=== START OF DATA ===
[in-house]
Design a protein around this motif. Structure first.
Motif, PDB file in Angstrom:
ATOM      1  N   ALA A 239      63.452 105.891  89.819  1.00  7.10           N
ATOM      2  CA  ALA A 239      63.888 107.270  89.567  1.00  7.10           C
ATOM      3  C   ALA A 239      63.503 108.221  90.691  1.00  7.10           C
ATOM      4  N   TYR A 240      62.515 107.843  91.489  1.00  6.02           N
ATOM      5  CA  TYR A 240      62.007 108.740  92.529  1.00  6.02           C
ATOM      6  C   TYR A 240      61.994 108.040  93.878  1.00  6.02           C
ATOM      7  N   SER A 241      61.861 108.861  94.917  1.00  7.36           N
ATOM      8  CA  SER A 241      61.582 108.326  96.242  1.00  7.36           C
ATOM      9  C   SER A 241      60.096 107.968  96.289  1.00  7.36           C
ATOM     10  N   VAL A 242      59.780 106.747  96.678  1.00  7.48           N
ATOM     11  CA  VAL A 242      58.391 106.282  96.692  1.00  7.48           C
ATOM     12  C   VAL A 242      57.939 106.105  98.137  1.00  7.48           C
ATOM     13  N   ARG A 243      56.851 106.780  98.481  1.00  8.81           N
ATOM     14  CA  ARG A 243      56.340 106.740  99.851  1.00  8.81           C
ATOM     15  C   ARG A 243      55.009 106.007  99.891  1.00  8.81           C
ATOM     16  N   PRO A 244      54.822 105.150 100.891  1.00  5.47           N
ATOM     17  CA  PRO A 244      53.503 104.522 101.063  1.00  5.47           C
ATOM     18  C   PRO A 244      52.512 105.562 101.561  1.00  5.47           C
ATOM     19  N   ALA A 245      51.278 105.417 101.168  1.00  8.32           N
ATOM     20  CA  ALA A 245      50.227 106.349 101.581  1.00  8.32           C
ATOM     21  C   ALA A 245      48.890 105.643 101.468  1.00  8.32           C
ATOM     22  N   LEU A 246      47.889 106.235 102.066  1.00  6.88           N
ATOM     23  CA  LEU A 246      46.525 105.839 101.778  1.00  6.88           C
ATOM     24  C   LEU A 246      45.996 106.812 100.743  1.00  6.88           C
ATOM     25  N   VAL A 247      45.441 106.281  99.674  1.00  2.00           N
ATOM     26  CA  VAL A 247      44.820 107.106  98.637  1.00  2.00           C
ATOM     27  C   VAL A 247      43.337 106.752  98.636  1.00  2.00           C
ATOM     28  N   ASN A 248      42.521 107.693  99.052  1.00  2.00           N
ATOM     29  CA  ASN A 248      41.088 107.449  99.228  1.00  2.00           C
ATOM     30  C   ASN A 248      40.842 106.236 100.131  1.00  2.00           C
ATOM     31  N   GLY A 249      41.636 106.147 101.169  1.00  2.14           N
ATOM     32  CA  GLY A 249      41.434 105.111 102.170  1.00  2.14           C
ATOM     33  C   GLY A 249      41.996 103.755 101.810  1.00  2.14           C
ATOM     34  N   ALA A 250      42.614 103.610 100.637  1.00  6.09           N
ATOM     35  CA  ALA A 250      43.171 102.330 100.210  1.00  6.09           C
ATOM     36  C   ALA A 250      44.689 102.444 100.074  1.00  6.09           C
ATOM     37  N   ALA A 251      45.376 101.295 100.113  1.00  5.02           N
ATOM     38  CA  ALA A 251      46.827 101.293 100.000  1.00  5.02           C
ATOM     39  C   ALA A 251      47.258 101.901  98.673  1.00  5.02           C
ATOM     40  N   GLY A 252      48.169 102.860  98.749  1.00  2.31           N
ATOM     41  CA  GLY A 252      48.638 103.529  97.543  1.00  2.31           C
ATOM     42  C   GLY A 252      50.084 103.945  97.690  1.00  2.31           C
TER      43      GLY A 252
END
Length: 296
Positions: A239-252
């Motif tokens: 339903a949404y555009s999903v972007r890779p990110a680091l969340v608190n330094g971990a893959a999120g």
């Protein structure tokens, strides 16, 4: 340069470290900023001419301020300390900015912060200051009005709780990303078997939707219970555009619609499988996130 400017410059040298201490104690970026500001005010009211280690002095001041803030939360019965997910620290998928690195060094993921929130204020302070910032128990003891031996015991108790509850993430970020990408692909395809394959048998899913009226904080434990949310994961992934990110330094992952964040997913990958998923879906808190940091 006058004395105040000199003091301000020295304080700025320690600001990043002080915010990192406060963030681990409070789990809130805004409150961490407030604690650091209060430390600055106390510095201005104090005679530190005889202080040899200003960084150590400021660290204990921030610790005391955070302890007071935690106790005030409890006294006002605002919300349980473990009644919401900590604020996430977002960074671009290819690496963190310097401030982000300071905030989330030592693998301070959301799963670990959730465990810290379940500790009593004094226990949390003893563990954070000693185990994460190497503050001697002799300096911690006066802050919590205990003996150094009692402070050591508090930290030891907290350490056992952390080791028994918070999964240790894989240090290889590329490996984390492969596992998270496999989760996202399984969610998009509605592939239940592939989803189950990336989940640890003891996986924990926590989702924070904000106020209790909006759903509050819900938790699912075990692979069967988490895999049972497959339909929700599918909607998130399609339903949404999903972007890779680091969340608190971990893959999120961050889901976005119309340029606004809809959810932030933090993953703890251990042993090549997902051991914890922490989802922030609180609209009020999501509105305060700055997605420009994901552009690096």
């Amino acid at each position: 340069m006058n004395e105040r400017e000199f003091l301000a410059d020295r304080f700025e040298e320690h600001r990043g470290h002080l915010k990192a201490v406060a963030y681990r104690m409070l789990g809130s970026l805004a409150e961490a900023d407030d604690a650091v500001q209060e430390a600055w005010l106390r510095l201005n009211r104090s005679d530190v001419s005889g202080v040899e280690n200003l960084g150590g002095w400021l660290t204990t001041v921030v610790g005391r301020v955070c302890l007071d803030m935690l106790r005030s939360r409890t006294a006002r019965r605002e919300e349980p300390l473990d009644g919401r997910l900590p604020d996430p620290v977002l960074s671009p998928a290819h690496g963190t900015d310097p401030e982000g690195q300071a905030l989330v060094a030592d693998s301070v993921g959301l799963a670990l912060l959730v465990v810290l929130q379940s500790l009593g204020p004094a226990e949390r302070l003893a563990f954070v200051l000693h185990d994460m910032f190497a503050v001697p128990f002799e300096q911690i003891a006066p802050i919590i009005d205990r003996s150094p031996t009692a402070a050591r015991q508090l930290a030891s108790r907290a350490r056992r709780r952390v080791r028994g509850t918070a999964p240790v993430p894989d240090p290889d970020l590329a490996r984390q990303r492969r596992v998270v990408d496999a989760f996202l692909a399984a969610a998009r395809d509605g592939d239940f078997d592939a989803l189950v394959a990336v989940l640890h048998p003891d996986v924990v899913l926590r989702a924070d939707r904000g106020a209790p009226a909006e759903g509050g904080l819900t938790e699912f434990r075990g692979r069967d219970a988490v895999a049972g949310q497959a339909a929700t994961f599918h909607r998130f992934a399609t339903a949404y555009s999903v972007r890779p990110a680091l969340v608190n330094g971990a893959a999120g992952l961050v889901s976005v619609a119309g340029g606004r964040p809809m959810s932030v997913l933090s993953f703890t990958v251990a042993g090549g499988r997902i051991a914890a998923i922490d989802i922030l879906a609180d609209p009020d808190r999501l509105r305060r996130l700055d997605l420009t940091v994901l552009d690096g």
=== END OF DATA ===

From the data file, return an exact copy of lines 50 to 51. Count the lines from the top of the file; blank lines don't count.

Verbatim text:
């Motif tokens: 339903a949404y555009s999903v972007r890779p990110a680091l969340v608190n330094g971990a893959a999120g």
């Protein structure tokens, strides 16, 4: 340069470290900023001419301020300390900015912060200051009005709780990303078997939707219970555009619609499988996130 400017410059040298201490104690970026500001005010009211280690002095001041803030939360019965997910620290998928690195060094993921929130204020302070910032128990003891031996015991108790509850993430970020990408692909395809394959048998899913009226904080434990949310994961992934990110330094992952964040997913990958998923879906808190940091 006058004395105040000199003091301000020295304080700025320690600001990043002080915010990192406060963030681990409070789990809130805004409150961490407030604690650091209060430390600055106390510095201005104090005679530190005889202080040899200003960084150590400021660290204990921030610790005391955070302890007071935690106790005030409890006294006002605002919300349980473990009644919401900590604020996430977002960074671009290819690496963190310097401030982000300071905030989330030592693998301070959301799963670990959730465990810290379940500790009593004094226990949390003893563990954070000693185990994460190497503050001697002799300096911690006066802050919590205990003996150094009692402070050591508090930290030891907290350490056992952390080791028994918070999964240790894989240090290889590329490996984390492969596992998270496999989760996202399984969610998009509605592939239940592939989803189950990336989940640890003891996986924990926590989702924070904000106020209790909006759903509050819900938790699912075990692979069967988490895999049972497959339909929700599918909607998130399609339903949404999903972007890779680091969340608190971990893959999120961050889901976005119309340029606004809809959810932030933090993953703890251990042993090549997902051991914890922490989802922030609180609209009020999501509105305060700055997605420009994901552009690096």